Moncef Slaoui, chief adviser to the U.S. Operation Warp Speed vaccine programme Operation Warp Speed, told CBS that evidence from a Moderna trial demonstrated that the half dose induced an identical immune response to the higher 100 microgram dose in adults aged 55 and below. He said that the U.S. government was in talks with Moderna and regulators.
- While there was no evidence to support the strategy of mixing vaccine doses from different manufacturers – a method called heterologous prime-boost – evidence from other vaccines provided some reassurance.
- Based on previous studies combining different vaccine types, a combination of the AstraZeneca and Pfizer vaccines is likely to be safe.
- There is potential for adverse reactions or a significant drop-off in efficacy.
- Safety issues, especially with delaying the second dose for several weeks are also there. The gap could enable the virus to evolve and develop resistance to the vaccine.
- Weak antibody protection could also heighten the risk of having an abnormal immune response – such as antibody-dependent enhancement – when people are exposed to the real virus.
- Extending the interval is associated with adherence risks, increasing the odds that people may forget or fail to return for a second dose.
- It also increases the length of time during which they are less than optimally protected.
- It could make it harder for health authorities to track who has had which vaccine, when, and how often.
1286: Infectious Diseases Society of America (IDSA) Panel Updates Guidelines on COVID Molecular Diagnostic Tests
- The panel noted that saliva tests were particularly effective if the test included instructions to cough or clear the throat prior to spitting into the tube.
- Using a throat swab alone was less effective and missed more cases compared to other methods.
- Recommendation: A saliva test or swabs from either the middle or front of the nose front are preferable over a throat swab alone.
- A combination of saliva and swabs from the front and middle of the nose and throat together appeared equivalent to the gold-standard deep swab.
- Saliva samples do have challenges. A laboratory must validate that its systems are able to handle the stickier material. Additionally, asking a patient to cough necessitates more personal protective equipment (PPE) for the healthcare professional.
- The only rapid isothermal test that had enough data on which to issue a recommendation was the ID NOW test (Abbott Labs). (Medscape)
1287: Anaphylaxis cases after COVID vaccines rising, but still rare: CDC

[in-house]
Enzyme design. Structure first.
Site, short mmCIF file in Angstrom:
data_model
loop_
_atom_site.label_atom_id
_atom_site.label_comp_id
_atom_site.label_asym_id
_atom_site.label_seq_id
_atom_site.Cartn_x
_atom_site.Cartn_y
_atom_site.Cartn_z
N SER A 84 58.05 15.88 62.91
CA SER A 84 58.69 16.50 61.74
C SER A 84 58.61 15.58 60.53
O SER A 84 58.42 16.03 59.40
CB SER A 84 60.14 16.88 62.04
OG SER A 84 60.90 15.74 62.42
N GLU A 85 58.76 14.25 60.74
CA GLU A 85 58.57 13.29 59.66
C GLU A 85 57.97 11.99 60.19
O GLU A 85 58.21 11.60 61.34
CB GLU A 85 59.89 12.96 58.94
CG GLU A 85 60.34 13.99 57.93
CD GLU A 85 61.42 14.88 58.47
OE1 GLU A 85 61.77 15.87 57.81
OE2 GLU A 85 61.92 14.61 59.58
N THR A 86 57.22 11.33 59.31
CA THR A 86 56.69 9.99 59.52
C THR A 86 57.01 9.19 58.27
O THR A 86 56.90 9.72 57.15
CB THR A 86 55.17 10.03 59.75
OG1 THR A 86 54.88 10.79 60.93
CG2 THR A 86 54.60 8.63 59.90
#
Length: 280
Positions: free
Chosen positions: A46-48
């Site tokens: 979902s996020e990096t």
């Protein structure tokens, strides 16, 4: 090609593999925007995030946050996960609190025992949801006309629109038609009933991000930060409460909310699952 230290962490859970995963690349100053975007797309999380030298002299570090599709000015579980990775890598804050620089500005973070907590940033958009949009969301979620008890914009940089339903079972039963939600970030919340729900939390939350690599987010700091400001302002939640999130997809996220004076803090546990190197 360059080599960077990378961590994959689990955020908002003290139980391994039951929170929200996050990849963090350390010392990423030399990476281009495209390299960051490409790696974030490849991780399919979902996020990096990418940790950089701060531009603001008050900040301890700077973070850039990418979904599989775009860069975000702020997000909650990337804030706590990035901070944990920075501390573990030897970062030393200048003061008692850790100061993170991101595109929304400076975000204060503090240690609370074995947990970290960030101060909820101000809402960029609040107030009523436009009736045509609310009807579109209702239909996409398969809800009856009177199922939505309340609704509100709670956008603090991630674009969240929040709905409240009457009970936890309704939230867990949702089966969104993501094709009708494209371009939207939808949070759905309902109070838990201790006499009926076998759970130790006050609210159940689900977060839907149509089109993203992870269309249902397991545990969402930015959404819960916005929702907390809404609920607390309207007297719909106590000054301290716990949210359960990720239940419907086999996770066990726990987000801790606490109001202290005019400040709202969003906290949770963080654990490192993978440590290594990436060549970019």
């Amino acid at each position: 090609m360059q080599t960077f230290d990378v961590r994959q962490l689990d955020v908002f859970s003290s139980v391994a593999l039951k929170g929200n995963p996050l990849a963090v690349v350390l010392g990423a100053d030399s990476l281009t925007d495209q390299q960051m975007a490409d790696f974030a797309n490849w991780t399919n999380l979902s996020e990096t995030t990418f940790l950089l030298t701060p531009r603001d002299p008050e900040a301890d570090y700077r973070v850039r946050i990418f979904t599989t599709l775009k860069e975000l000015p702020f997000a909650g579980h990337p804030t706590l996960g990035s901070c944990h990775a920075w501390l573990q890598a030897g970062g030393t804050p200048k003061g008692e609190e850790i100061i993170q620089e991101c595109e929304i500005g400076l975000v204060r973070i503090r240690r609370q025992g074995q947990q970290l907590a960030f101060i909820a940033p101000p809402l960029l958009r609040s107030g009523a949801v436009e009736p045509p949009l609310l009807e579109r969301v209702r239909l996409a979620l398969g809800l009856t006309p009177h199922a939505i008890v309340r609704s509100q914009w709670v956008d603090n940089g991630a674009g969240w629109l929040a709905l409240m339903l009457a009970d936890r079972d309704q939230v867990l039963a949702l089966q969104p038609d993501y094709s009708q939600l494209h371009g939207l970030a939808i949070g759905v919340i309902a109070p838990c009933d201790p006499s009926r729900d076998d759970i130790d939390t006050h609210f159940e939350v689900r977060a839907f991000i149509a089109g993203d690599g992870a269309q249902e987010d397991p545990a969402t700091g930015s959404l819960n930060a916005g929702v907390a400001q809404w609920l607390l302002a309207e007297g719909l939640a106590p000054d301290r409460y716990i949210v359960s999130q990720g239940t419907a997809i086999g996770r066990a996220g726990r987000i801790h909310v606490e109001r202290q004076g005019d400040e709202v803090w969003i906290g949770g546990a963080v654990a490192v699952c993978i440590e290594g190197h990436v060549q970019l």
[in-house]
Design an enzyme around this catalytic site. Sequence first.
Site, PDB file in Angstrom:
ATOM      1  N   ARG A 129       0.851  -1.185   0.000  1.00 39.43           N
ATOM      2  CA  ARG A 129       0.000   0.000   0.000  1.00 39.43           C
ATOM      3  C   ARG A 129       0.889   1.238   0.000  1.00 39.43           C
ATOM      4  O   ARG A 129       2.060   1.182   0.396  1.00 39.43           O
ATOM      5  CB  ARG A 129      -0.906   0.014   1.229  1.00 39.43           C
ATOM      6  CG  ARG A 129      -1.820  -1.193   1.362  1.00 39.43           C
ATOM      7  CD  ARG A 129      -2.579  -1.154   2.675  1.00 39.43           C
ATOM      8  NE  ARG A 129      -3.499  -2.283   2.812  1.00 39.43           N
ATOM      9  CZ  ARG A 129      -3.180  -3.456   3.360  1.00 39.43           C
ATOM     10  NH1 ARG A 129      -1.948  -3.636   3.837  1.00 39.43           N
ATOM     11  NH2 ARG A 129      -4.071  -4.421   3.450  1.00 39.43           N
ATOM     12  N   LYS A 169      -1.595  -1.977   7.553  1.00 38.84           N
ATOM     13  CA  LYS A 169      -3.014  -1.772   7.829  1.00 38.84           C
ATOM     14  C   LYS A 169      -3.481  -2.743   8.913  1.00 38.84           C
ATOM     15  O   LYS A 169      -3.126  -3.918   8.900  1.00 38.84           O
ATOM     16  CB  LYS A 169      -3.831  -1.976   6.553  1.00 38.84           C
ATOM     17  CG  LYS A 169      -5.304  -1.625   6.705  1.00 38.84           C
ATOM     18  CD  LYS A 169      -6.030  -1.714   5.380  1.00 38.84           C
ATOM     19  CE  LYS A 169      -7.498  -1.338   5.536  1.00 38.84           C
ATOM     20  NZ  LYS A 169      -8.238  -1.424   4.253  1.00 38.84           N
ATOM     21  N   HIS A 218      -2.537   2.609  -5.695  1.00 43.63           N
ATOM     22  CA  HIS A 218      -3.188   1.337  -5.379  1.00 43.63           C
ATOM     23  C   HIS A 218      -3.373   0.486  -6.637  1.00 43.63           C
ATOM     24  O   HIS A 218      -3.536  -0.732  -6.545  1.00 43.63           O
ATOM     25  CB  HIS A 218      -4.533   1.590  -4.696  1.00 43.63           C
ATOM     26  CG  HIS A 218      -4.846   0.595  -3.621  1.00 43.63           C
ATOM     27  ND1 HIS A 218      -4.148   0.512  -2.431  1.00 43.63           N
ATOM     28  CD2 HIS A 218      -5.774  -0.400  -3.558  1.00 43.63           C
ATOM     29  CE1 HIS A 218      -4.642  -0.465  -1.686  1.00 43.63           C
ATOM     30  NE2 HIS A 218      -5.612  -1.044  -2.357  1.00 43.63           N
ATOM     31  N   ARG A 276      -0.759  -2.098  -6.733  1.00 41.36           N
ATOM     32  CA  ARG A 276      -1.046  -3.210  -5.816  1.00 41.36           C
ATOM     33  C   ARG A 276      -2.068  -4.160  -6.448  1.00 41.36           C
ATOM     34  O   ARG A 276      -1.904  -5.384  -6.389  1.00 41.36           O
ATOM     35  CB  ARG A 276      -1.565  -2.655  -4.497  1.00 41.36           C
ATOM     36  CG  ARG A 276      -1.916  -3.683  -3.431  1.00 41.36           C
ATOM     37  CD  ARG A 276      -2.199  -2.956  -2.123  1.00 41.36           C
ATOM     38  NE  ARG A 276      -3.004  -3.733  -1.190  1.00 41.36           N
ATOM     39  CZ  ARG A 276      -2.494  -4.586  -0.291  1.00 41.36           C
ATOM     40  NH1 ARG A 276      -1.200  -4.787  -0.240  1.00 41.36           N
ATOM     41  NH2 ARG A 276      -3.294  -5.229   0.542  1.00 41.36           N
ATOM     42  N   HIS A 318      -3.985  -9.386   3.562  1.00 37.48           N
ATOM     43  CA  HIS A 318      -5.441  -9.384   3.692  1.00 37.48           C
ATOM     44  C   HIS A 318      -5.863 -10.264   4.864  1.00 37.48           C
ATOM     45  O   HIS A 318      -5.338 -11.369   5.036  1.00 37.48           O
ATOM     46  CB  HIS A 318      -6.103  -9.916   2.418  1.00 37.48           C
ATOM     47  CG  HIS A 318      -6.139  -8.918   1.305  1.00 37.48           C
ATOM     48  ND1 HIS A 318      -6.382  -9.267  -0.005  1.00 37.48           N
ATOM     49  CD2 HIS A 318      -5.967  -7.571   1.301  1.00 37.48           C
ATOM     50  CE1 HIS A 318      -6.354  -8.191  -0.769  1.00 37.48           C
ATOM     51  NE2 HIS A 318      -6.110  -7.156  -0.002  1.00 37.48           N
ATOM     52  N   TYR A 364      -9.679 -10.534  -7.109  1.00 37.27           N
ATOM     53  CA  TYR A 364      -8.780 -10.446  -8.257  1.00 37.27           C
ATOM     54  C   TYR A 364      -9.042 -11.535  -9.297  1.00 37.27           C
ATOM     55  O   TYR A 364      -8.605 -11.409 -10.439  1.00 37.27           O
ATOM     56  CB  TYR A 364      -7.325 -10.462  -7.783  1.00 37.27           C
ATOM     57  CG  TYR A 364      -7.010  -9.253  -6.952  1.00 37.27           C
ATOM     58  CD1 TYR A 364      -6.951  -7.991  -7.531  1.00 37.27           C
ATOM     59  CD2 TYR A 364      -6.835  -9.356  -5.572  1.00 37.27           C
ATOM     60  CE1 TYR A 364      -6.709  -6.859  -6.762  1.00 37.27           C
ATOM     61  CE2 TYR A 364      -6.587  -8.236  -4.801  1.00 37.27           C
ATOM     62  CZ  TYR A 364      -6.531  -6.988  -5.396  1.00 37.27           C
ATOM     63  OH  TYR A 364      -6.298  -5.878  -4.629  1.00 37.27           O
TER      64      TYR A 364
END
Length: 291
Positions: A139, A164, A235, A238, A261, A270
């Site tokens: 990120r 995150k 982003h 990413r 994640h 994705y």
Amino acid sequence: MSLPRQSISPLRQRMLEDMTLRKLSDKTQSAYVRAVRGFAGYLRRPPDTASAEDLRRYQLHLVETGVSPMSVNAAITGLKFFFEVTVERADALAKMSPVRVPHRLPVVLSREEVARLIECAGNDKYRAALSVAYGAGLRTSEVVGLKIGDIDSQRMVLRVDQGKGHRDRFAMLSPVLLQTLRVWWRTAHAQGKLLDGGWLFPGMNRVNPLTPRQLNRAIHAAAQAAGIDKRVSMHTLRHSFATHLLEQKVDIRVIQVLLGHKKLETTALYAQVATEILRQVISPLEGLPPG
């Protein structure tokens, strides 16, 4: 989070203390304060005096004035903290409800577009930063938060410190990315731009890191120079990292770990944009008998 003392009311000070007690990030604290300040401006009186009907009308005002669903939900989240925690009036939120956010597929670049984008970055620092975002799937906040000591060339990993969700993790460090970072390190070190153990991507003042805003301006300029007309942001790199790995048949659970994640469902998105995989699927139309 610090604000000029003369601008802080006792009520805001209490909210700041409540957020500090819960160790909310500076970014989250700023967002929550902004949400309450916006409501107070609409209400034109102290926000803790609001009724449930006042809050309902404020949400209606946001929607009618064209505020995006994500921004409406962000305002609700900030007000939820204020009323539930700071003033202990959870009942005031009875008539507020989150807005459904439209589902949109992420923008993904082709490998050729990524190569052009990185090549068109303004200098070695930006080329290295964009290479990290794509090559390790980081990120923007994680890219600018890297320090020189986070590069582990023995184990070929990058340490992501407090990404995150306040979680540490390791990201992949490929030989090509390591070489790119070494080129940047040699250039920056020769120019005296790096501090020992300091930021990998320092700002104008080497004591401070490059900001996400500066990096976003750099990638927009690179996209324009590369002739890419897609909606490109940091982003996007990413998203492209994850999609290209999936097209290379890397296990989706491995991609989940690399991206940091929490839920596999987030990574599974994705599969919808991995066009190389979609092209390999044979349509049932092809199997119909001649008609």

There have been 29 reports of anaphylaxis till today following administration of a COVID-19 vaccine. The severe allergic reaction appears to be rare, and can occur with either the Pfizer-BioNTech vaccine or the Moderna vaccine.
There have been nearly 11.1 cases of anaphylaxis per million doses with the Pfizer-BioNTech COVID-19 vaccine, which is higher than the estimated 1.3 cases per million doses with influenza vaccines.
The low risk of anaphylaxis has to be balanced against the threat of COVID-19, which is claiming about 2000 lives a day in the United States. Furthermore, several people are reporting long-term complications with COVID-19 even if they recover.
The CDC has also provided an update on anaphylaxis in Morbidity and Mortality Weekly Report (MMWR).
The information was based on cases reported with the Pfizer-BioNTech vaccine. From December 14 to 23, monitoring by the Vaccine Adverse Event Reporting System identified 21 cases of anaphylaxis after administration of some 1,893,360 first doses of the Pfizer-BioNTech COVID-19 vaccine. Most reactions (71%) occurred within 15 minutes of vaccination. (Medscape)
1288: Early Use of High-Titer Plasma: Administering convalescent plasma with high levels of antibodies against SARS-CoV-2 within the first 3 days of symptoms was tied to significantly lower odds of progression to severe COVID-19. A trial of 160 older adults with COVID-19 randomized half to receive plasma and half to receive placebo infusion. Treatment with high-titer plasma decreased the relative risk for severe disease by 48% in an intent-to-treat analysis.
“Not any plasma, not any time,” stated senior author Fernando Polack. The key is to select plasma in the upper 28th percentile of IgG antibody concentrations and to administer therapy before disease progression. The study was published online in The New England Journal of Medicine. (Medscape)
Dr KK Aggarwal
President CMAAO, HCFI and Past National President IMA